It is not an overwhelming popular choice, but the Red Sox decided to give Alex Cora a second chance. He has proven he can win and develop young players, something Boston was looking for in a manager. Charles Krupa/Associated Press

After the Boston Red Sox rehired Alex Cora as manager, I scrolled through Twitter and found a television station (WAVY) from Norfolk, Virginia, weighing in:

“The Red Sox are rehiring admitted cheater Alex Cora, the mastermind behind the Astros’ sign-stealing scandal.”

There is sure to be more name-calling to come. By welcoming Cora back, after he was fired last January because of his rule-breaking role in Houston when he was a coach there in 2017, the Red Sox knew there would be criticism and snarky headlines.

The Red Sox didn’t care.

Well done, Red Sox.

As we pointed out in this space a month ago, Cora is the right choice to manage Boston.

The positives are already well-known, including the ability to succeed in this fish-bowl, pressure-cooker of the job.

Cora is also a master of communicating with his players. They appear to all have his respect. Cora may be a players’ manager – though not the stereotype where players run the show – but he also someone who knows when to push the right buttons. He related well with veterans and mentored younger players.

“He’s like a father figure to me, especially in baseball,” Rafael Devers said last January after Cora was fired. “I’m really sad.”

Xander Bogaerts also commented after the firing, saying Cora is “someone we all enjoy playing for … someone we’ll definitely miss a lot, especially me. We had a great relationship.”

Both Devers and Bogaerts shined under Cora. In 2018, when Devers was in his first full season, Cora was a steadying influence. Devers broke out the next year (.919 OPS). Bogaerts’ best seasons have been under Cora (.883 and .939 OPS).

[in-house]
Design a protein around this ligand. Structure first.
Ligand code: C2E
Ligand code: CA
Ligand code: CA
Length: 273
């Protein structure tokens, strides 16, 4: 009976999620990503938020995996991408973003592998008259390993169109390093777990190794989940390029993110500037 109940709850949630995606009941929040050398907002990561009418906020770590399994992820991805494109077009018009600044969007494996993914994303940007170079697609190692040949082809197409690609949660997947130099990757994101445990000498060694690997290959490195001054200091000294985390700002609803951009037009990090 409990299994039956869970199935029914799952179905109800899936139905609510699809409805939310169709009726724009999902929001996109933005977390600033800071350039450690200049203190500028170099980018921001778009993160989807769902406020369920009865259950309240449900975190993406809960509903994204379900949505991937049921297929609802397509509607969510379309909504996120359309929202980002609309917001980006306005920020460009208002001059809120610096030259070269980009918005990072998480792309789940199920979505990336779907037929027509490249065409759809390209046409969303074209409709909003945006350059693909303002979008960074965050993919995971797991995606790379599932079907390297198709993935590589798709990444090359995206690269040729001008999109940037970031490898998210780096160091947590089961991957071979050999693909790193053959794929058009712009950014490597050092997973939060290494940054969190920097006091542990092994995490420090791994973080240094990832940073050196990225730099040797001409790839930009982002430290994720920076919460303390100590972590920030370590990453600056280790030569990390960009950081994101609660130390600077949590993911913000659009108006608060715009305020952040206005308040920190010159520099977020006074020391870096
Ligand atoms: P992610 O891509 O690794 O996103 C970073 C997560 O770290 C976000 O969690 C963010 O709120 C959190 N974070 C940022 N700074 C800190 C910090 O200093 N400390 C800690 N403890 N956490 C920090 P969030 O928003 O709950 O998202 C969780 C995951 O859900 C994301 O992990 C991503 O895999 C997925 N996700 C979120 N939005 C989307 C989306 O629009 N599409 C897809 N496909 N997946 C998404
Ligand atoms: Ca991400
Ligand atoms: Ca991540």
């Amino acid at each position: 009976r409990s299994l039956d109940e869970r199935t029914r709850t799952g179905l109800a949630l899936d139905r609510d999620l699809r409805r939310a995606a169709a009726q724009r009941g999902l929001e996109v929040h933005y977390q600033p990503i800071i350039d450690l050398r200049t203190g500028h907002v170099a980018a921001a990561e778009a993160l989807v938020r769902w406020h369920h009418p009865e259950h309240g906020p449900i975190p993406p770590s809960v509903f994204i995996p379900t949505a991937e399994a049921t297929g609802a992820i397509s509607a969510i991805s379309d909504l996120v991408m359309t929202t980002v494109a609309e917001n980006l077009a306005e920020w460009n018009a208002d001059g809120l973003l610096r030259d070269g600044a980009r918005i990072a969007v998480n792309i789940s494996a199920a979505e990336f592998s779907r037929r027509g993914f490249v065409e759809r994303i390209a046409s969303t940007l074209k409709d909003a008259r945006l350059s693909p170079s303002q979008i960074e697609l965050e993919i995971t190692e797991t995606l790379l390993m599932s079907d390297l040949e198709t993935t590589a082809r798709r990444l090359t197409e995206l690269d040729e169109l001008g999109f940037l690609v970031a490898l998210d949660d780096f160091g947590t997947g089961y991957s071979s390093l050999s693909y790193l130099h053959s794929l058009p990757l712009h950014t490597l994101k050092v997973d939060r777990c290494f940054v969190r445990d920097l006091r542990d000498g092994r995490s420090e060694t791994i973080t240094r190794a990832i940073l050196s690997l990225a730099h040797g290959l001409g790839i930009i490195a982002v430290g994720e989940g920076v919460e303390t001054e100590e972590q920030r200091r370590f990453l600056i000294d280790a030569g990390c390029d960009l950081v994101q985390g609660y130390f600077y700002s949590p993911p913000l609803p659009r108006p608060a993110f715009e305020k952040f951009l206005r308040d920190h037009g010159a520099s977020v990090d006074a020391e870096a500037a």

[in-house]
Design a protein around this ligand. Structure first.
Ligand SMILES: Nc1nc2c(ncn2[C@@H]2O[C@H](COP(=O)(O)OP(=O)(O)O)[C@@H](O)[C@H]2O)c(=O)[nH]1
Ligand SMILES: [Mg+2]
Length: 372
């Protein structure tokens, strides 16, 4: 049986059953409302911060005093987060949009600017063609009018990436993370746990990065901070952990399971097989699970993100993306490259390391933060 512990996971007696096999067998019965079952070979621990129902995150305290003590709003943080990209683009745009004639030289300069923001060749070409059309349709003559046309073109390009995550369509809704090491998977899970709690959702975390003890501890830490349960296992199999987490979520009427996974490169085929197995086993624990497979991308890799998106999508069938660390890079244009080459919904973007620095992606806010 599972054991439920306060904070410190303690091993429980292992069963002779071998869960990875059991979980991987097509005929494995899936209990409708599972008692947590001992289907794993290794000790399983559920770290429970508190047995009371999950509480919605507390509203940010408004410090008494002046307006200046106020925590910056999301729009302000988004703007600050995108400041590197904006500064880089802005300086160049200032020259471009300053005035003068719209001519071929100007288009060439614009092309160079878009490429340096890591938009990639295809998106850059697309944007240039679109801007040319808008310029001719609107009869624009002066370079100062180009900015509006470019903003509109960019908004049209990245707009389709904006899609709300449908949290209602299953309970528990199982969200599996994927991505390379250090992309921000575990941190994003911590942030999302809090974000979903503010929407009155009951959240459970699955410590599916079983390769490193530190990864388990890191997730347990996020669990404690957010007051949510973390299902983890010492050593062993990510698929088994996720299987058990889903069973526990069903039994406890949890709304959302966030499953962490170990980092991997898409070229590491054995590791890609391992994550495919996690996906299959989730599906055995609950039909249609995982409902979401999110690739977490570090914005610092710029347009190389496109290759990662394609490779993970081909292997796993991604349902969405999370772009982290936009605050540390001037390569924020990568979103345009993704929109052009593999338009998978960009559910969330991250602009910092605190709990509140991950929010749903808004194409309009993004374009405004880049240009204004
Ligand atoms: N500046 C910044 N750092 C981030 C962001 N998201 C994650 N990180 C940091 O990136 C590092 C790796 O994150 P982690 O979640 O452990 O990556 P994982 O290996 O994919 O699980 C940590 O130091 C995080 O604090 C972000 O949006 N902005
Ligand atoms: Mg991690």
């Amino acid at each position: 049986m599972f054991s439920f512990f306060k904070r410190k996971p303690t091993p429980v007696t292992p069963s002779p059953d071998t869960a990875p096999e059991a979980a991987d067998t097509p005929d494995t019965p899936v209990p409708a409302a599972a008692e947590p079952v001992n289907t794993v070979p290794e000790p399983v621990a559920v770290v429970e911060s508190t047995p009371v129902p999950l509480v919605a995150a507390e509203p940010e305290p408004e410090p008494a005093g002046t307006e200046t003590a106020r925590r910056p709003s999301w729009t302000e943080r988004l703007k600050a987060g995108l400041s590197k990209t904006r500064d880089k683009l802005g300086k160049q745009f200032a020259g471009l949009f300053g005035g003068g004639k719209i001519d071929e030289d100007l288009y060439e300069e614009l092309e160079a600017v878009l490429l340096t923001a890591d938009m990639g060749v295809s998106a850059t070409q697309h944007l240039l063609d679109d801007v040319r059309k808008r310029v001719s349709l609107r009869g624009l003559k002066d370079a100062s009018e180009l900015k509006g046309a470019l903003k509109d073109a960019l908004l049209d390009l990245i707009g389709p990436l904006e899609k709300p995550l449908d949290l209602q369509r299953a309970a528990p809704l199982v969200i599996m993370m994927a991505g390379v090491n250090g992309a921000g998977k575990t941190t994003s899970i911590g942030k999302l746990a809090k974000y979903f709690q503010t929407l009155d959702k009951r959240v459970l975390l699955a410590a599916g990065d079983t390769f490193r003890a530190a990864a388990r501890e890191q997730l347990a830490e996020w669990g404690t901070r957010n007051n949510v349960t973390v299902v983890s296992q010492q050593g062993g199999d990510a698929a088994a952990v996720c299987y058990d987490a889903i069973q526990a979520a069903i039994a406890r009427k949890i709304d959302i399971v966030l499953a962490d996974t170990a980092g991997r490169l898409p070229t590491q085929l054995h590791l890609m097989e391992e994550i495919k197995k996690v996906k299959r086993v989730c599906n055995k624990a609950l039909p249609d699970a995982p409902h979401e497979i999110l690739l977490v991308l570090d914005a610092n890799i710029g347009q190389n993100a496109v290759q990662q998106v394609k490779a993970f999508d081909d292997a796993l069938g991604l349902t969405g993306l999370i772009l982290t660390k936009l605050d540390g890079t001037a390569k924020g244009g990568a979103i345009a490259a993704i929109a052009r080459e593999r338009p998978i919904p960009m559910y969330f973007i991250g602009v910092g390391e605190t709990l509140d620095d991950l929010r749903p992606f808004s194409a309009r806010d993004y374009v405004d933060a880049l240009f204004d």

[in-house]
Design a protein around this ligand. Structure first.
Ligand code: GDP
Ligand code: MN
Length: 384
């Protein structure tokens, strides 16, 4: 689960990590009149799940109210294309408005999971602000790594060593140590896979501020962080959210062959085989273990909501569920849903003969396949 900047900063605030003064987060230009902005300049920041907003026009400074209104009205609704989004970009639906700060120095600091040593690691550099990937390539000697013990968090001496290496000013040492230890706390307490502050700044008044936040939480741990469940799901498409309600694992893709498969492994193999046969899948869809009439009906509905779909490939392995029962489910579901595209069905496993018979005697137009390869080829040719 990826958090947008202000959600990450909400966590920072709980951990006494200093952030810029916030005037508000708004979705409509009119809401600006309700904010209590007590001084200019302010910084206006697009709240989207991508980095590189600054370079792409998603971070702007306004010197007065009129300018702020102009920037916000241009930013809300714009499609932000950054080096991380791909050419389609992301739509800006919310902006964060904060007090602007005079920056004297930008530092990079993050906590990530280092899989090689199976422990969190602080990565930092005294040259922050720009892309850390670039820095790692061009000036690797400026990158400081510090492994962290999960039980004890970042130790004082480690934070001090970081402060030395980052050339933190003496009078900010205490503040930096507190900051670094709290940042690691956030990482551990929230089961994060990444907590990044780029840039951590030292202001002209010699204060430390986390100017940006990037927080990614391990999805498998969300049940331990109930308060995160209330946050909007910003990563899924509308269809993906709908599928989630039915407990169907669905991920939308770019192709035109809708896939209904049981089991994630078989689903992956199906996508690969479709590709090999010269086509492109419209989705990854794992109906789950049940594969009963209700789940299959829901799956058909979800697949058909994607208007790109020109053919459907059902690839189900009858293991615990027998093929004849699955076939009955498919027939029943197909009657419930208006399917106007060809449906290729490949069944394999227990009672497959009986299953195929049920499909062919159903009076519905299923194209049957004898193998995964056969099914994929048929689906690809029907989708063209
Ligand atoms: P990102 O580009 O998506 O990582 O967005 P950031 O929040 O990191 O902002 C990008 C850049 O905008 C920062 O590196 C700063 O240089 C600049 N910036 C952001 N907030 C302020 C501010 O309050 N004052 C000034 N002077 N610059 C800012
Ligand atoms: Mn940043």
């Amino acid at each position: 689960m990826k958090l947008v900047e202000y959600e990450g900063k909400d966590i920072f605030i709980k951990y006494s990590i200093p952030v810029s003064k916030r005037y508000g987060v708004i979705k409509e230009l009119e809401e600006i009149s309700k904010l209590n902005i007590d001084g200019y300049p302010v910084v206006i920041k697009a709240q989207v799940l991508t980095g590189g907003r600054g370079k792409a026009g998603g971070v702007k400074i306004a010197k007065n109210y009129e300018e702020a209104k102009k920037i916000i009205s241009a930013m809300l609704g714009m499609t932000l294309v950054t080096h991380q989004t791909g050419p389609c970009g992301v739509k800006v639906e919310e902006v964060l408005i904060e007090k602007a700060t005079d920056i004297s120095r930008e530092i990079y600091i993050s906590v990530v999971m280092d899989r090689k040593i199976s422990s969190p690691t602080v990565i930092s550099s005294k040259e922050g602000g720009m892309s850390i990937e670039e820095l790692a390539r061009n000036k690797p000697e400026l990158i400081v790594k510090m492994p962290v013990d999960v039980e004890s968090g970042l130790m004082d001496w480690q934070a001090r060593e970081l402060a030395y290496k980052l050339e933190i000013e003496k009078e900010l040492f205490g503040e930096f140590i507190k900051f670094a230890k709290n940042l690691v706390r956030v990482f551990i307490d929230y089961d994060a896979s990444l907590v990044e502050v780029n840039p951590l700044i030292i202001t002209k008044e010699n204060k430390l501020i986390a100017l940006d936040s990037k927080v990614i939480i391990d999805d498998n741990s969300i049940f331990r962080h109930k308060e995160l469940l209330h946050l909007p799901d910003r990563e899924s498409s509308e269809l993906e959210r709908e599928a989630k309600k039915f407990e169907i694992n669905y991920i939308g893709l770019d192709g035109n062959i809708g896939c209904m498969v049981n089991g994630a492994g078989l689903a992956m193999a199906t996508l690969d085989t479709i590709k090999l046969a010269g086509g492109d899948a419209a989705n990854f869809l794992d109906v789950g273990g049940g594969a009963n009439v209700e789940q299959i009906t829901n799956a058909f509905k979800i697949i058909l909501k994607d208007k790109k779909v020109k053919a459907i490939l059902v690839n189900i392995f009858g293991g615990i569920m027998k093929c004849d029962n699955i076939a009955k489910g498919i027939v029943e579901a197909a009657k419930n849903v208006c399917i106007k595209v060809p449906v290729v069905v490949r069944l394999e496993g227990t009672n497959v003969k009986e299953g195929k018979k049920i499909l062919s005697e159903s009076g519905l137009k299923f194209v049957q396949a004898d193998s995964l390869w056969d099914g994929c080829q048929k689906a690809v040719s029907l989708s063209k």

Cora can obviously manage. But is he damaged goods? And, just as importantly, did Boston’s man in charge of baseball operations, Chaim Bloom, have someone else in mind for the job?

The finalists were reportedly Cora and Sam Fuld, a former player for Tampa Bay when Bloom was there. Fuld, a New Hampshire native, is a bright guy and will eventually manage somewhere, but Bloom became convinced that Cora and his proven skill set would work again in Boston.

“The way he leads, inspires, and connects with everyone around him is almost unmatched, and he has incredible baseball acumen and feel for the game,” Bloom said in a press release.

Bloom’s decision-making process, presumably, would revolve around Cora’s rule-breaking. Was it a one-time screw-up, for which Cora has owned up to his role and apologized, or a sign of a character flaw that could surface again? Bloom said the process involved multiple interviews.

“Our conversations were lengthy, intense, and emotional. Alex knows what he did was wrong, and he regrets it. My belief is that every candidate should be considered in full: strengths and weaknesses, accomplishments and failures.

“That is what I did with Alex in making this choice.”

The right choice, but one that will be considered controversial. Respected Washington Post columnist Dave Sheinin wrote that the rehiring of Cora was not a surprise, but “it doesn’t look great.”

Fortunately, the Red Sox did not worry about how it will be perceived – no matter how many ugly social-media references there are – but gave a man another chance to do the job he’s proven he can do well.

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